[Trend Alert] The Rise of the Cashierless Store

Timex says we spend six months of our lives waiting in line. Some would argue that most of that time is spent waiting at the grocery store. Lines are long, cash registers are unmanned, bagging can be tediously slow and one unpriced item can cost shoppers precious time.

When it comes to customer convenience, grocery stores don’t often deliver. But what if there were a way to simplify in-store shopping and eliminate almost all the things that frustrate people?

Cashierless stores promise to do just that — offering a new and streamlined shopping experience that puts a focus on convenience. Here’s what shoppers can expect and why merchants may want to consider implementing their own version.

What Is a Cashierless Store?

First popularized by the Amazon Go store, cashierless stores let consumers enter the store, pick up what they need and simply walk out. No long lines. No price checks. No trying to remember the produce code for bananas. (It’s 4011, in case you wondered.)

After skipping checkout entirely and simply walking out of the store with their groceries, shoppers are charged for their purchase and receive an electronic receipt.

But don’t let the name fool you. While some critics worry that cashierless stores are destined to automate the work of cashiers — the second-most common job in the United States — proponents argue the technology will actually free employees to provide more value-added tasks. Although these stores lack cashiers, they have plenty of employees — including employees who verify the purchase of age-restricted items, stock shelves and monitor the exit.

How Cashierless Stores Work

As shoppers enter a cashierless store, they’ll open the store’s app, which they’ve preloaded onto their smartphone along with payment data. Nonregistered users can gain access by providing an email address and then scanning their phone using Apple Pay or Google Pay or tapping their credit card.

Shopping is just as easy and uses a combination of computer vision, deep learning, and logic. Some stores use scales, shelf cameras and sensor technology to identify when items are taken off — or put back on — a shelf. Others use small cameras hidden inside ceiling figures that can tally your purchases as you shop. Still others use a combination of sensor fusion and camera technologies to track which shopper is picking up which item.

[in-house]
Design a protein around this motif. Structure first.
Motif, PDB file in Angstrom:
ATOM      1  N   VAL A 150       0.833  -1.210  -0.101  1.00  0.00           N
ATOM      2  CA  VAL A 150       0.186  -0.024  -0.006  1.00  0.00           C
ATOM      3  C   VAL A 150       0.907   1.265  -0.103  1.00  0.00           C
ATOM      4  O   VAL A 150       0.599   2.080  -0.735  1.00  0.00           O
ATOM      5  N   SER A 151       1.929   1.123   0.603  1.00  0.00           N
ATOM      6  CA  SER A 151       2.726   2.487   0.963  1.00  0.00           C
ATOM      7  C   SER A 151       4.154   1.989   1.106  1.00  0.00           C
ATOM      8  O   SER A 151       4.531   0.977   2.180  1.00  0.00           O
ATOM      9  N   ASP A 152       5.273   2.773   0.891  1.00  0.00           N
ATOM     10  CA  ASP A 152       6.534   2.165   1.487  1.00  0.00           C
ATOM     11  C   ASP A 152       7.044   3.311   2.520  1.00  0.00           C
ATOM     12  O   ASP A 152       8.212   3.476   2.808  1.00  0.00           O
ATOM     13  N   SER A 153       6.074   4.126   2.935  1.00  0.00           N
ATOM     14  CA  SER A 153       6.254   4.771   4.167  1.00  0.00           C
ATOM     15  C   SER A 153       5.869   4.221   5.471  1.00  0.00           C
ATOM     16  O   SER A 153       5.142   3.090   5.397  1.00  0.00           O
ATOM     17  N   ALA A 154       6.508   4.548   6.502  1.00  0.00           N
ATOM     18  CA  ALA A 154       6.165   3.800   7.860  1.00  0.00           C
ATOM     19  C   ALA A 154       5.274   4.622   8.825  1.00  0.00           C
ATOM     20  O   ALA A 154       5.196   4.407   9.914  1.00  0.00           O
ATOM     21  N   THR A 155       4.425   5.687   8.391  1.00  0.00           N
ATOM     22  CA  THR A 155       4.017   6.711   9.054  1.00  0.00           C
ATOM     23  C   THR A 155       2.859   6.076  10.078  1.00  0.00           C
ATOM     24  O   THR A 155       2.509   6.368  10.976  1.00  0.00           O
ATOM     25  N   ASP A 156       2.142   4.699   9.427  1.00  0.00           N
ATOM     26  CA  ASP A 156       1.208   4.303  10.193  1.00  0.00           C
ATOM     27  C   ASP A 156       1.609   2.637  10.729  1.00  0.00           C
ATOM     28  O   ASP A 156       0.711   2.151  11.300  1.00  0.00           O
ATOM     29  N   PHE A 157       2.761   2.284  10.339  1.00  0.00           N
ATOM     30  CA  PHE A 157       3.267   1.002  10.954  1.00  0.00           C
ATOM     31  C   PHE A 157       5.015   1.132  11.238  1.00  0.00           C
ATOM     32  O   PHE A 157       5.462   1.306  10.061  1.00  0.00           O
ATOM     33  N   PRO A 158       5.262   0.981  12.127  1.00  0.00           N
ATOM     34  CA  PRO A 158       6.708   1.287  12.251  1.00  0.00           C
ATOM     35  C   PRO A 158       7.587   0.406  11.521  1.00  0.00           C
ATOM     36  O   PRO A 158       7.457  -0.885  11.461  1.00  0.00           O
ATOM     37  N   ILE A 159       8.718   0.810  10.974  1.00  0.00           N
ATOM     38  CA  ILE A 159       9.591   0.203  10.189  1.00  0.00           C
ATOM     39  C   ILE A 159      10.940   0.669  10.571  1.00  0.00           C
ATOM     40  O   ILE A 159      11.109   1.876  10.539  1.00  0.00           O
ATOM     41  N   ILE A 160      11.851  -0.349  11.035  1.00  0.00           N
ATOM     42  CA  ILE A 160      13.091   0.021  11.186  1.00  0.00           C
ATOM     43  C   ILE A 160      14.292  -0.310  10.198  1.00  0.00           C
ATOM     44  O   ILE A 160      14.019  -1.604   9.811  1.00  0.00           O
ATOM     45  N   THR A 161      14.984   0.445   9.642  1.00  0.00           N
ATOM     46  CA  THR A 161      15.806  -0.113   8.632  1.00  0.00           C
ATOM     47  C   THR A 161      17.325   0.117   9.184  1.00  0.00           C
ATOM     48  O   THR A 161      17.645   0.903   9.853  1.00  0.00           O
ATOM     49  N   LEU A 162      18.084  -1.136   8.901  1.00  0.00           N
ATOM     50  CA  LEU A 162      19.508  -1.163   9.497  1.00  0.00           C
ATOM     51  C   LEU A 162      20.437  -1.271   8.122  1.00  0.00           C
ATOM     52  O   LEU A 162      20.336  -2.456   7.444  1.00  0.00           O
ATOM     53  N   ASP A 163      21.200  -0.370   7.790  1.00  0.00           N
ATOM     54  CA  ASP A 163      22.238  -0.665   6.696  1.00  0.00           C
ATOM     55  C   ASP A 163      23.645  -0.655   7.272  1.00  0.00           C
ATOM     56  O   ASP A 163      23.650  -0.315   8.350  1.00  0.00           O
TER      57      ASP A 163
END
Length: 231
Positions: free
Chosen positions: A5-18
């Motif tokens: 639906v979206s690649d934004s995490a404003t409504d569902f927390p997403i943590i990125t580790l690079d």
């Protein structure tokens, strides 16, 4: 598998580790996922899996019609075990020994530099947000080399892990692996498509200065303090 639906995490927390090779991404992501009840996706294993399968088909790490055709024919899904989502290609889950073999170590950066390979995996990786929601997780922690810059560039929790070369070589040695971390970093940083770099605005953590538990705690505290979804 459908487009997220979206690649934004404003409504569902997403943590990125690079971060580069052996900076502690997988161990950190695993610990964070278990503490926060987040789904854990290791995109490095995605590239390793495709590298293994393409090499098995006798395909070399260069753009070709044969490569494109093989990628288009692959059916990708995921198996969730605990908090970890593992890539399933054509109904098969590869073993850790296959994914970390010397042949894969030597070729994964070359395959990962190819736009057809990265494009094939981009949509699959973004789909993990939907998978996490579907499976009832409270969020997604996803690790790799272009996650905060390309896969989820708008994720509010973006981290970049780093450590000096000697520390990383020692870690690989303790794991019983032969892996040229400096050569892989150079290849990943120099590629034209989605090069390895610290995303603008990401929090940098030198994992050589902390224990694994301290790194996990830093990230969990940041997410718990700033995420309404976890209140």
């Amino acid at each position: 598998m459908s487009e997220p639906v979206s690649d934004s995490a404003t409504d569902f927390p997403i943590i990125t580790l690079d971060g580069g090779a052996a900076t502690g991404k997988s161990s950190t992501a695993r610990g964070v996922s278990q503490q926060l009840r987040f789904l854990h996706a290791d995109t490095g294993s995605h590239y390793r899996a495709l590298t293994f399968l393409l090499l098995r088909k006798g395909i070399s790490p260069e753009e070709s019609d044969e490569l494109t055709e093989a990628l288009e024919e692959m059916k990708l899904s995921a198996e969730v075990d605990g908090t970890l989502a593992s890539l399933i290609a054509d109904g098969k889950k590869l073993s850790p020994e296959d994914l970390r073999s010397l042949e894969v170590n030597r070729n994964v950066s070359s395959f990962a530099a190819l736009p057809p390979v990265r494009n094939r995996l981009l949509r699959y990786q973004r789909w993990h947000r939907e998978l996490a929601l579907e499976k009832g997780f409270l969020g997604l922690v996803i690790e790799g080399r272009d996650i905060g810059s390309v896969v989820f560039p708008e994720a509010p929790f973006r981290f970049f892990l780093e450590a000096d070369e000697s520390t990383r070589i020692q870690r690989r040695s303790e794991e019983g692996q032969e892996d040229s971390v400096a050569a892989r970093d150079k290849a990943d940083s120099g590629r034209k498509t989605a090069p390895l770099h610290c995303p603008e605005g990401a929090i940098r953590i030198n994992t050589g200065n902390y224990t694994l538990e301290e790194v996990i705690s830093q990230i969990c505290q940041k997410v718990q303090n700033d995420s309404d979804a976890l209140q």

The technology is sophisticated enough to detect misplaced items — like when a customer changes their mind about an item and leaves it on a different shelf — and items that were examined but put back. That means customers should never be charged for these items.

As shoppers leave, they automatically pay through the app, and a receipt is either emailed to them or displayed on the app.

How These Stores Are Protected Against Fraud

Some merchants might be worried that leaving their profits up to a few sensors or cameras is a risky proposition, and they’re right to be concerned. A 2018 National Retail Federation survey reported that U.S. retailers lose close to $50 billion each year because of theft, with shoplifting accounting for more than a third of those losses.

But working together, AI and sophisticated hardware lets business owners track every product in the cashierless store — from it being placed on a shelf, to making its way into a shopper’s basket, to leaving the store. While mistakes (and some degree of theft) are inevitable, the technology gives store owners a strong account of where every piece of product is and whether it’s been paid for. And because payment is automatic, the moment a customer (or would-be thief) removes product from a shelf, their account is automatically charged.

Some cashierless stores even have technology that’s looking for shoplifters. Cameras are sensitive enough to be able to detect furtive behaviors. For example, visual tracking and behavioral data can measure gaze and speed. When customers are making the move to steal, their stride often becomes longer and they start looking at the door, not at the product in their hands. And that’s where the in-store staff comes in. After being notified of potential theft behavior, employees can politely intervene.

With cashierless stores rising in popularity, shoppers can expect shorter lines and easier checkout experiences, while merchants can enjoy increased foot traffic. And it’s not the only emerging trend that merchants should be aware of in 2020 and beyond — chat bots, social media and mobile wallets are also becoming part of the e-commerce fabric.

Our free E-Commerce Technology Trends white paper gives you the inside scoop on the emerging strategies that will help you target and engage with your customers and deliver the online experience they’re looking for. And if, after reading it, you have questions about any of the trends we discussed, just contact us. We’ll be happy to tell you more.

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